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a82fee5 Nov 11, 2018
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Common Pitfalls

Translations: Français

ESLint plugin

If you use ESLint, you can install eslint-plugin-ava. It will help you use AVA correctly and avoid some common pitfalls.

Transpiling imported modules

AVA currently only transpiles the tests you ask it to run, as well as test helpers (files starting with _ or in helpers directory) inside the test directory. It will not transpile modules you import from outside of the test. This may be unexpected but there are workarounds.

If you use Babel you can use its require hook to transpile imported modules on-the-fly. To add it, configure it in your package.json.

You can also transpile your modules in a separate process and refer to the transpiled files rather than the sources from your tests.

AVA in Docker

If you run AVA in Docker as part of your CI, you need to fix the appropriate environment variables. Specifically, adding -e CI=true in the docker exec command. See #751.

AVA uses is-ci to decide if it's in a CI environment or not using these variables.

AVA and connected client limits

You may be using a service that only allows a limited number of concurrent connections. For example, many database-as-a-service businesses offer a free plan with a limit on how many clients can be using it at the same time. AVA can hit those limits as it runs multiple processes, but well-written services should emit an error or throttle in those cases. If the one you're using doesn't, the tests will hang.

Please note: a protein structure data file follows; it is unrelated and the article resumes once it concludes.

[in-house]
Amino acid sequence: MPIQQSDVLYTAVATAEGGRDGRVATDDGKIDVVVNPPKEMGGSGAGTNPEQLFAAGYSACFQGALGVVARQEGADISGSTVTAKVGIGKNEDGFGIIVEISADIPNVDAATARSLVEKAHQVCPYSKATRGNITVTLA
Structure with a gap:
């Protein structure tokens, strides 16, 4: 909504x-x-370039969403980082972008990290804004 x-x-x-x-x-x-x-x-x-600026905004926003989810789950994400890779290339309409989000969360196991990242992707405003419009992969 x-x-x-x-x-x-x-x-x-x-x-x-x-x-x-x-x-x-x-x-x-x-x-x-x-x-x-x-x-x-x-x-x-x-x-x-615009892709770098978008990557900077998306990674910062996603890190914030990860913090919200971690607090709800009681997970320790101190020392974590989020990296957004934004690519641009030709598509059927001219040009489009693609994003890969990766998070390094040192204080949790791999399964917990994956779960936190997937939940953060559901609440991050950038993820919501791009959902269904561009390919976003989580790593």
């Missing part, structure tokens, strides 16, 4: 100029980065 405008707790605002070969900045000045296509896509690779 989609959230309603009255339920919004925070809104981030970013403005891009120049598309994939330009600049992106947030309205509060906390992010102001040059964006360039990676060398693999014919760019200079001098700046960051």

By default, AVA will use as many processes as there are logical cores on your machine. This is capped at two in a CI environment.

Use the concurrency flag to limit the number of processes ran. For example, if your service plan allows 5 clients, you should run AVA with concurrency=5 or less.

Asynchronous operations

You may be running an asynchronous operation inside a test and wondering why it's not finishing. If your asynchronous operation uses promises, you should return the promise:

test('fetches foo', t => {
	return fetch().then(data => {
		t.is(data, 'foo');
	});
});

Better yet, use async / await:

test('fetches foo', async t => {
	const data = await fetch();
	t.is(data, 'foo');
});

If you're using callbacks, use test.cb:

test.cb('fetches foo', t => {
	fetch((err, data) => {
		t.is(data, 'foo');
		t.end();
	});
});

Alternatively, promisify the callback function using something like pify:

test('fetches foo', async t => {
	const data = await pify(fetch)();
	t.is(data, 'foo');
});

Attributing uncaught exceptions to tests

AVA can't trace uncaught exceptions back to the test that triggered them. Callback-taking functions may lead to uncaught exceptions that can then be hard to debug. Consider promisifying and using async/await, as in the above example. This should allow AVA to catch the exception and attribute it to the correct test.

Why are the enhanced assertion messages not shown?

Ensure that the first parameter passed into your test is named t. This is a requirement of power-assert, the library that provides the enhanced messages.

test('one is one', t => {
	t.is(1, 1);
});

Helpers are not compiled when using a non-default test folder

This is a known issue. You should put your tests in a folder called test or __tests__.


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